About this course

When you’re sick, you may wonder, “Why me?” But the real question should be, “Why am I not sick all the time?” You might even ask, “Why does my body respond with a fever, and is it really a good idea to lower it?” This course explores immunology, how the body defends itself from constant assault by parasites and pathogens. This course will present the fundamentals of both innate and adaptive immunity, emphasizing functional interactions among cells and organs. We will cover signaling, pathogen recognition and the division of labor among myeloid, lymphoid and supporting cells. The subject matter will also supply health professionals and biomedical researchers with the basic vocabulary and concepts necessary to understand both clinical press releases and primary literature. The course materials also provide support to other immunology instructors by presenting difficult concepts in creative ways using analogies and models.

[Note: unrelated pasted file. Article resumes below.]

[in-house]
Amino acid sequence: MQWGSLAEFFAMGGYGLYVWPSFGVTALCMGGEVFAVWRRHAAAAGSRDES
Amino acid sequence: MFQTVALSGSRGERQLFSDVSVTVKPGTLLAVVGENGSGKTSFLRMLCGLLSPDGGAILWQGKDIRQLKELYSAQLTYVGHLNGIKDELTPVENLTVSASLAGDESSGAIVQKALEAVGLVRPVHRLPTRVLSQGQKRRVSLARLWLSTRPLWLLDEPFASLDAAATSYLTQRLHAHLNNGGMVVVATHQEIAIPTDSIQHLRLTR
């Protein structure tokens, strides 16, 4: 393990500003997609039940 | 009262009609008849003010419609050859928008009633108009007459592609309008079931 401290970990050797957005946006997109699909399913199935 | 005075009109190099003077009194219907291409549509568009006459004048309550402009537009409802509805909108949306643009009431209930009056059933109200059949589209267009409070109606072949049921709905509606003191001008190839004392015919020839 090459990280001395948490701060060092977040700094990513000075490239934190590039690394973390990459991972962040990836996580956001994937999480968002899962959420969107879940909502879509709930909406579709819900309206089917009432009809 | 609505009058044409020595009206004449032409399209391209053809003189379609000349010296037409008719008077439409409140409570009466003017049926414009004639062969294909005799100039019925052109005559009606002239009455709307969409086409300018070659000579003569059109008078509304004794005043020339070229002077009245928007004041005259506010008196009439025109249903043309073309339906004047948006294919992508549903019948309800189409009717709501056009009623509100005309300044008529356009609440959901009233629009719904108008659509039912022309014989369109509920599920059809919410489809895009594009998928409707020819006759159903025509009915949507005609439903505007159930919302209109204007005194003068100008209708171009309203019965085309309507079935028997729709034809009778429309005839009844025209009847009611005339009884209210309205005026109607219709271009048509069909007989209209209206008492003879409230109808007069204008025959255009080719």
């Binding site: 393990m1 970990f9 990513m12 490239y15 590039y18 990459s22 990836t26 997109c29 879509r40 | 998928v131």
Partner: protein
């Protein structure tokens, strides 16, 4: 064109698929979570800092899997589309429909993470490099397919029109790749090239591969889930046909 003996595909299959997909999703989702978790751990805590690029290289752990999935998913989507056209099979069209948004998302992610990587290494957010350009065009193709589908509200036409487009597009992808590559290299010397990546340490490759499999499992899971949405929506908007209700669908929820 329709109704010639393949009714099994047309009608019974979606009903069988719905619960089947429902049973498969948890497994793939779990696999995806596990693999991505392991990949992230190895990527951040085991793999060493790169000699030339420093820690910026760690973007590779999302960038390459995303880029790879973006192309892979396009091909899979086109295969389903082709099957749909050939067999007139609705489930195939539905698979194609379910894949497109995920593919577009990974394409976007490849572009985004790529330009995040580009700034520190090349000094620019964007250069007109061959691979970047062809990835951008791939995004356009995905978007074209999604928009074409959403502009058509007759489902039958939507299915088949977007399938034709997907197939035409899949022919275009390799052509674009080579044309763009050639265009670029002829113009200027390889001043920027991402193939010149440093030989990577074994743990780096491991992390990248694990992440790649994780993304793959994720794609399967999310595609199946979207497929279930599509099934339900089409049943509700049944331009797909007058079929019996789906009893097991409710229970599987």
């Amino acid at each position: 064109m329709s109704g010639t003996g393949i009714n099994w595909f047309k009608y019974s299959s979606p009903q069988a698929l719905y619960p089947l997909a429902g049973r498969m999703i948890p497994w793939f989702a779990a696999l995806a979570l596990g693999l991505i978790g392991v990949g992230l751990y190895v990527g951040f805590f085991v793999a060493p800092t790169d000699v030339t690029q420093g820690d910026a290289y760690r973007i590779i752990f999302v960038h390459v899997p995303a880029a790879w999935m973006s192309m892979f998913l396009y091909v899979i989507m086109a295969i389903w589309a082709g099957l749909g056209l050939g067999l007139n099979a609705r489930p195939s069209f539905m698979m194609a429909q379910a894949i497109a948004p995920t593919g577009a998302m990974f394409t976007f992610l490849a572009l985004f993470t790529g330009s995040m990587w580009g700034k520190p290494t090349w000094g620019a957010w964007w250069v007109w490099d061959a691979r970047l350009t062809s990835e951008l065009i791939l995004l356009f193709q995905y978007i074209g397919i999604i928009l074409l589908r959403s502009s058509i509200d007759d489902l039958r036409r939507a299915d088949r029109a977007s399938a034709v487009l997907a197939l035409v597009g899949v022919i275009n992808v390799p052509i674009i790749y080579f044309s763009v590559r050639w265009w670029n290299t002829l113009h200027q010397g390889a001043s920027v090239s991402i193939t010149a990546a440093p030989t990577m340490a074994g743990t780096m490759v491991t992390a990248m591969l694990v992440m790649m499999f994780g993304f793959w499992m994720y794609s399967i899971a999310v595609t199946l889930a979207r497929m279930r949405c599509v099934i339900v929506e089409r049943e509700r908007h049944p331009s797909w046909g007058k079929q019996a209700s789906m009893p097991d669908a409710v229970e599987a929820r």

What you’ll learn

  • The importance of disease defense
  • The difference between innate and adaptive immunity
  • Antibody structure and function
  • Gene rearrangement and development in B cells
  • Complement activation and attack on pathogens

Professor Information

Picture of Dr. Alma Moon Novotny

Dr. Alma Moon Novotny

Alma Moon Novotny has a BSc from Duke University and a PhD from Purdue University. She taught for nearly 20 years in various schools of the University of Houston system, and for the last 12 years at Rice University, where

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